Historic ecumenical partnership agreement signed
Published on 30 November, 2016
A landmark agreement to enter into an historic ecumenical partnership has been signed by the Church of Scotland and the Church of England.
Right Rev Dr Russell Barr, Moderator of the General Assembly, and Archbishop of Canterbury the Most Rev Justin Welby made the Columba Declaration official in London.
The ceremony at Crown Court Church near Covent Garden was attended by a range of dignitaries including Very Rev Dr John Chalmers, Principal Clerk of the Church of Scotland, Rev Canon John McLuckie of the Scottish Episcopal Church and representatives of the Church of England and British Armed Forces.
The Columba Declaration, which was 15 years in the making, represents a "significant step" between the two denominations and will open up new future possibilities of closer working together to develop God's Church.
The Scottish Episcopal Church will also be involved.
Whole people of God
The Declaration marks the Church of England and the Church of Scotland’s mutual acknowledgment of each other as ‘belonging to the One, Holy Catholic and Apostolic Church of Jesus Christ and truly participating in the apostolic ministry and mission of the whole people of God.’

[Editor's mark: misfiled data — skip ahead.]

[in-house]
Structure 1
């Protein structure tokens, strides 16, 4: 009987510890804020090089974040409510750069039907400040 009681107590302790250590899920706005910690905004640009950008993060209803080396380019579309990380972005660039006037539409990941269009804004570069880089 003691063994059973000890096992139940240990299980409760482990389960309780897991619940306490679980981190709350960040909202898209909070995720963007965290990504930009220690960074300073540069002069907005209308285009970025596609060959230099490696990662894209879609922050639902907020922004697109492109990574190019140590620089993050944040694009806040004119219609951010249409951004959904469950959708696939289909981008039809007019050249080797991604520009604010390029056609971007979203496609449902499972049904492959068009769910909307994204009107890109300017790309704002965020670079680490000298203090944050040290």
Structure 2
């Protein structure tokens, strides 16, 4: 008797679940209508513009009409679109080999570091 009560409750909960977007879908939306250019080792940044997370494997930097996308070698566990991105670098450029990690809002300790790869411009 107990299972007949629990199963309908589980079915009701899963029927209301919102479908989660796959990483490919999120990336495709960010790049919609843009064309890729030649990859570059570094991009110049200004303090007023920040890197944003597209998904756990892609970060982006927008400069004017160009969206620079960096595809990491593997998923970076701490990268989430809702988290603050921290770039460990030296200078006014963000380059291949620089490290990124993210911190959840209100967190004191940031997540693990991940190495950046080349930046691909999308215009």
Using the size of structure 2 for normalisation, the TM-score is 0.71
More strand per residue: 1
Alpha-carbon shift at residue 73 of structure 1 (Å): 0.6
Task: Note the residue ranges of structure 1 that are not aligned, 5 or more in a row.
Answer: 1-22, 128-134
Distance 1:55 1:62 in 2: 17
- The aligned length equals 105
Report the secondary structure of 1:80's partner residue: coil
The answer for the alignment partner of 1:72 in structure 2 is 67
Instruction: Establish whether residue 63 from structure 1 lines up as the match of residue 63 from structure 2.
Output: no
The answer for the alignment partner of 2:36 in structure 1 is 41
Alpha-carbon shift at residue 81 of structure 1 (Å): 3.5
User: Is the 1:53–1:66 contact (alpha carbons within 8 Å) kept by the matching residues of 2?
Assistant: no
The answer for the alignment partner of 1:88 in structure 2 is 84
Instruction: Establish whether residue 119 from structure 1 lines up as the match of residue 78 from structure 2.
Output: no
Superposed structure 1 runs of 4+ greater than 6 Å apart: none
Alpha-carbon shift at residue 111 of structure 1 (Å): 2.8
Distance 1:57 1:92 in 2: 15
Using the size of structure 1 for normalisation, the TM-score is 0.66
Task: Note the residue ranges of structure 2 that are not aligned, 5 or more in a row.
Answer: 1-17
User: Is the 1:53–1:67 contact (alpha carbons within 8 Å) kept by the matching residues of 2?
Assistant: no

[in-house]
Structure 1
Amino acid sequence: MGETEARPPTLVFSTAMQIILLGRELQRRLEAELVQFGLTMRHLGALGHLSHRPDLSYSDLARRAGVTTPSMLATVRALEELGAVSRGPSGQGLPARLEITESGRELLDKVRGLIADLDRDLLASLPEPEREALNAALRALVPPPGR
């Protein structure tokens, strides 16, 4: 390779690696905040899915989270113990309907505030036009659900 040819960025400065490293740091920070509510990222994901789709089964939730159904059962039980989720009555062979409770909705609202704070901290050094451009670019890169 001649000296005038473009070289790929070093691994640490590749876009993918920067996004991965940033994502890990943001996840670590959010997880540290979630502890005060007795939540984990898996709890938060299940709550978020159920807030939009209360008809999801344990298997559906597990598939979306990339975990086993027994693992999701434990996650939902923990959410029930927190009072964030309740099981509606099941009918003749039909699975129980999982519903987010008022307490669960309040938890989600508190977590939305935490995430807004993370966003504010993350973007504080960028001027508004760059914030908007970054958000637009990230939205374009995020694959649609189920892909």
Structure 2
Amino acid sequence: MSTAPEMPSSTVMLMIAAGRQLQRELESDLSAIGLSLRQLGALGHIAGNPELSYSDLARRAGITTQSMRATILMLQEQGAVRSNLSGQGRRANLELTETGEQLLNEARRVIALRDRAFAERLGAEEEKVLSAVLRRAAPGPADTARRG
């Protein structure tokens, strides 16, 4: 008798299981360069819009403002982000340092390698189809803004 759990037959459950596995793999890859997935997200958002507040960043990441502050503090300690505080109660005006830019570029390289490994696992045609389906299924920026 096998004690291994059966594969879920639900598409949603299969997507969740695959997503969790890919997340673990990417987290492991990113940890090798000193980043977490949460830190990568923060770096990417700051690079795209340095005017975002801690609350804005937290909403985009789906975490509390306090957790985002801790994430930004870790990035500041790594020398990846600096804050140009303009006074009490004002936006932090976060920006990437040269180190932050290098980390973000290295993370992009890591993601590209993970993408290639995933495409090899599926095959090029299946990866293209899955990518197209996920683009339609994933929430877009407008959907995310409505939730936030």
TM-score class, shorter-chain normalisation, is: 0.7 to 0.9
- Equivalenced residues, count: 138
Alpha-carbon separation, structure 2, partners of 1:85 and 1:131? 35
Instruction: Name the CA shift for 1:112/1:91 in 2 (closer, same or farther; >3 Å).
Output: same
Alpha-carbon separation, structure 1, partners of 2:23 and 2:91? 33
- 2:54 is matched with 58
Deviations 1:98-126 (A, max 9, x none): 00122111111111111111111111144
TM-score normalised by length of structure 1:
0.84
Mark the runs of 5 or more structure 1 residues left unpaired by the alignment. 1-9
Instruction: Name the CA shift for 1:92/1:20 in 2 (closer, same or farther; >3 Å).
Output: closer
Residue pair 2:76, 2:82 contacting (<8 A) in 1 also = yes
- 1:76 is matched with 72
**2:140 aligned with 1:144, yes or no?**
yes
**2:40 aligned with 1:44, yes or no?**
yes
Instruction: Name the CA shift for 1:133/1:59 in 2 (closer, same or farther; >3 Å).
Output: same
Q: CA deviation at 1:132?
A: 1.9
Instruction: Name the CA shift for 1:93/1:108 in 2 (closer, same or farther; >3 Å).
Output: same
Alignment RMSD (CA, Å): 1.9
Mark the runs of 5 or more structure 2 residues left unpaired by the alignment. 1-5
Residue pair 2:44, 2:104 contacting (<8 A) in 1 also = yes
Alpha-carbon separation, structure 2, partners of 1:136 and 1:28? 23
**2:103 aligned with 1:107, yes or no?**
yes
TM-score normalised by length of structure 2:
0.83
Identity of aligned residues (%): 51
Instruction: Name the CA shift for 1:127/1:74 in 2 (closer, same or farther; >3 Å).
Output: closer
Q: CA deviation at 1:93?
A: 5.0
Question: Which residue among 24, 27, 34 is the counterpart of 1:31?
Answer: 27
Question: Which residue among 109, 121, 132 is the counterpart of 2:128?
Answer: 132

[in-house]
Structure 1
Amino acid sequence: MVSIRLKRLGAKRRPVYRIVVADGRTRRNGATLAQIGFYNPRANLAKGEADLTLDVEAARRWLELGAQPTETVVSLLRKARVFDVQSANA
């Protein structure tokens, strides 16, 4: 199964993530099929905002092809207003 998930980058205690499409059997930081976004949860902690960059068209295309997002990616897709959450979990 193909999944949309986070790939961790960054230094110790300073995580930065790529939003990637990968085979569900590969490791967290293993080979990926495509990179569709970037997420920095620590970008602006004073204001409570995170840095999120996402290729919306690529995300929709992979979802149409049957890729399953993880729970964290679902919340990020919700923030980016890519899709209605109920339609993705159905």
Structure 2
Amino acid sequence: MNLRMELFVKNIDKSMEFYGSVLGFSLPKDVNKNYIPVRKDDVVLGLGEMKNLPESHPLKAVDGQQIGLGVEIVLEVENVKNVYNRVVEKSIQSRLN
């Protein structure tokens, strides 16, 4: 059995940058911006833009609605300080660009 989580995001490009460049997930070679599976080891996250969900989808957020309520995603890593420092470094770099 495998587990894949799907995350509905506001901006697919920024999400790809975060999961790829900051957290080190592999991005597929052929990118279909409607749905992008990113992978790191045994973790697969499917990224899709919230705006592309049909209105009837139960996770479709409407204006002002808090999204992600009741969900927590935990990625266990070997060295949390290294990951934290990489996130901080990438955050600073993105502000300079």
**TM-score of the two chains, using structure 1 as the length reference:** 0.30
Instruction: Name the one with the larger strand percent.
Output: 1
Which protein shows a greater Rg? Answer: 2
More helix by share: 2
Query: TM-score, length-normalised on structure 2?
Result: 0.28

Among the mutual commitments the Churches make in the Declaration, all building on the foundational one: ‘We commit ourselves to grow together in communion and to strengthen our partnership in mission.’
Under the terms of the agreement, the Church of Scotland and the Church of England would welcome one another's members into congregations and ordained ministers would be allowed to exercise ministry within the existing discipline of each church, though only within England and continental Europe.
Dr Barr said: "We share, in part, a common history because we are churches shaped by the Reformation.
"We share a common calling which is to bear witness to the good news of Jesus Christ in places in which we are called to minister.
"Some of those places are hard places, they are at the margins of our society and sometimes beyond the margins but that is where we will find Jesus Christ."
Dr Barr said the Declaration, backed by the General Assembly of the Church of Scotland in May and General Synod of the Church of England in February, was "modest".
But he added that it was historic as both churches have now acknowledged each other and committed themselves to growth in communion and partnership.
The Archbishop of Canterbury said the Columba Declaration represented a commitment for the two denominations to "learn to work properly" together, along with the Scottish Episcopal Church.
"It is a sense of great joy that we have got there - It is good news," he added.
But the Archbishop said the declaration did not represent a "dramatic" step because the Church of Scotland was not introducing Bishops and the Church of England was not introducing Presbyteries.
The Columba Declaration was signed on Monday.